Notice the couple shot is a dreamy soft romantic “optical disaster” by Arri Master Zoom standards.  The monument shot however is far more acceptable by todays standards.

Mechanically the lens i used was sound, and despite its age, it was well taken care of, and the focus and zoom mechanisms were practically brand new.  One interesting mechanical quirk is that the focus ring, has a small metal housing that covers part of the focus ring, and within it, is a mechanical dampener.  Essentially a small toothed wheel that has a friction element to it, that slows down and tightens the feel of the focus ring.  Very odd, but it gets the job done.   Now based on the photo above i’m assuming i don’t have to mention that the size of this lens is daunting.  It weighs in about 20 pounds, and is the size of a 3 liter pepsi bottle.  In studio setups, or narrative that requires no hand held, i’d not hesitate to shoot on this lens.

Some things to be aware of….

It will not cover RED EPICS 5k until you reach well into its Zoom range.  Even then, the 5k Frame is looking into the far edges of the image circle,  not a place lens manufacturers ever intended the film plane to be.  So use it with an Epic at your own peril.  On Red MX, F3, Alexa, AF100 and FS100 you should have no trouble whatsoever.

These test images from a RED training seminar show the vignetting corners of the Epic with the Cinevarotal. Stills Courtesy of Mike Ross.




In Conclusion, This lens has tons of feeling, character, and just enough “trouble” to keep things interesting.  Just what I look for in a piece of glass.  After all, nothing is more boring than absolute perfection….   There are contemporary zooms that are as sharp as primes, have zero breathing, don’t flare and weigh in at astonishingly low amounts.  However by eliminating all the “flaws” they also scrubbed out all the character.  This lens, just like its smaller brothers the Cooke Varotal 18-100 and Varotal 20-100, are character incarnate.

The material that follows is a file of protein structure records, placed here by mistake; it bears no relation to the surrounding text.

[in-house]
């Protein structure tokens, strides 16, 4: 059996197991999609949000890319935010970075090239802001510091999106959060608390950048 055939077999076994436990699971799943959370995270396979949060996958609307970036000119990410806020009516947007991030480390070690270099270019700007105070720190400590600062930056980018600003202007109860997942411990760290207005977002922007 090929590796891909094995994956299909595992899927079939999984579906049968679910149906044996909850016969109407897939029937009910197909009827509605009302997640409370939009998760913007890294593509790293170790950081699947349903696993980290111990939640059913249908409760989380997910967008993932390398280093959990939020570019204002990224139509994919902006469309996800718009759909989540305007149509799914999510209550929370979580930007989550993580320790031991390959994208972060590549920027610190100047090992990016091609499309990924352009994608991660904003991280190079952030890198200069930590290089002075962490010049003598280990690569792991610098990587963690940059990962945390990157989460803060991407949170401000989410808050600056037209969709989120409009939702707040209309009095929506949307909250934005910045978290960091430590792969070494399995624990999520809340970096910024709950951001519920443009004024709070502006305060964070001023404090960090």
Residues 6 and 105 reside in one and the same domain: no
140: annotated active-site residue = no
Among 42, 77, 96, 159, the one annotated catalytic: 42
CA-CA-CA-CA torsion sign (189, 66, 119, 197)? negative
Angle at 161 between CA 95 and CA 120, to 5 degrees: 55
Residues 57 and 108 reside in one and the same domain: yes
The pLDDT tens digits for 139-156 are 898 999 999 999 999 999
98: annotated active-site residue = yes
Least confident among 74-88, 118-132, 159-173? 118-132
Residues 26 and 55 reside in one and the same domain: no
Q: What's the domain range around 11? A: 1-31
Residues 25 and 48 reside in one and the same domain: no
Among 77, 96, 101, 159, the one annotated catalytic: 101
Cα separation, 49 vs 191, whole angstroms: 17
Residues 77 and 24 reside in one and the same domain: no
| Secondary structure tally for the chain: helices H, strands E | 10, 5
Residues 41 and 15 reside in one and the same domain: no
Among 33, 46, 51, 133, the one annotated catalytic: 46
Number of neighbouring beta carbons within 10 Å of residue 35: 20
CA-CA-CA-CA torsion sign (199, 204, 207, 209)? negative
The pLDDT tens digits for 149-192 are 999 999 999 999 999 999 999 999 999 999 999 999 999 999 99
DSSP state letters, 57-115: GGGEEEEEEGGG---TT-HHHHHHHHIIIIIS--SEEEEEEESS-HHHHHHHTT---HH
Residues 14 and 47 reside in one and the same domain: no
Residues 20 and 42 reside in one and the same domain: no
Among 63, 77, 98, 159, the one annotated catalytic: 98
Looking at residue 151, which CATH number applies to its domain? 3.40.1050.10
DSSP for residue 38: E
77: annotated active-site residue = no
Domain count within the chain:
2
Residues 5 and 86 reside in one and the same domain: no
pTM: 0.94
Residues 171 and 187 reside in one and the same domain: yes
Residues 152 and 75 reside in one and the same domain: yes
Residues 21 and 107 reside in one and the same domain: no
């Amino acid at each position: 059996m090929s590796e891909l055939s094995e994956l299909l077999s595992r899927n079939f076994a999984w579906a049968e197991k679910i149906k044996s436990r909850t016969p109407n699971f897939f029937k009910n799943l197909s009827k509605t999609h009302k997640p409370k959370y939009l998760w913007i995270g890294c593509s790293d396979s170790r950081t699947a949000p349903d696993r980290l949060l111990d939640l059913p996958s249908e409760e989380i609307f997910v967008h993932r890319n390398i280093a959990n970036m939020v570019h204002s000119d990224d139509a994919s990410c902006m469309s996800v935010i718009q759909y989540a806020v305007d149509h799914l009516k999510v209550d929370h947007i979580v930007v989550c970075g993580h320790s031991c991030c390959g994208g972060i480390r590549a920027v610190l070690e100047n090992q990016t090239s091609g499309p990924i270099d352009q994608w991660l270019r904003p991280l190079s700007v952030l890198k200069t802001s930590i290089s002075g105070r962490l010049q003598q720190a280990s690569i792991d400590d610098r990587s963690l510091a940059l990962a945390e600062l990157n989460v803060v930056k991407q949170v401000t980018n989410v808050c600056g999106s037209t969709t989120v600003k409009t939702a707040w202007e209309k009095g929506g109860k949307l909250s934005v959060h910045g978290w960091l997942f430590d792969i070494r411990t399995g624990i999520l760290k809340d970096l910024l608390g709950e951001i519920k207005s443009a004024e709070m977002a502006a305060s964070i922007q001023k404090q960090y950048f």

Next Time Zeiss Compact Primes.

Examination of Lenses Part II: Cooke iPanchros

Picking up where i left off with the Cooke Varotal 18-100 T3, i figured it was only fair to continue with the Cooke line.   The beauty of lenses in the digital age is that they are the last organic component in the image path.  We used to have the wonderful magic of photo chemical emulsion film, to conclude the path of the light rays, but in the future, the film production world for the most part will be all digital, and most likely RAW, meaning the capture is absolute and consistent.  No happy accidents in the chemical conversion of light to silver crystals.( or unhappy accidents for that matter…)  As we have seen from the Varotal, some vintage lenses impart a lot of character, while some of the newer high end lens manufacturers aspire to optical perfection.  This is fantastic because we can choose lenses specifically for their optical character.

Personally, i’m a Cooke guy. (In case you cant tell already…..)  Their warmth, contrast, and the smooth roll in and out of focus really makes warm and fuzzy inside.  Thankfully, these beautiful attributes translate to digital quite well.

Cooke iPanchro Prime lenses: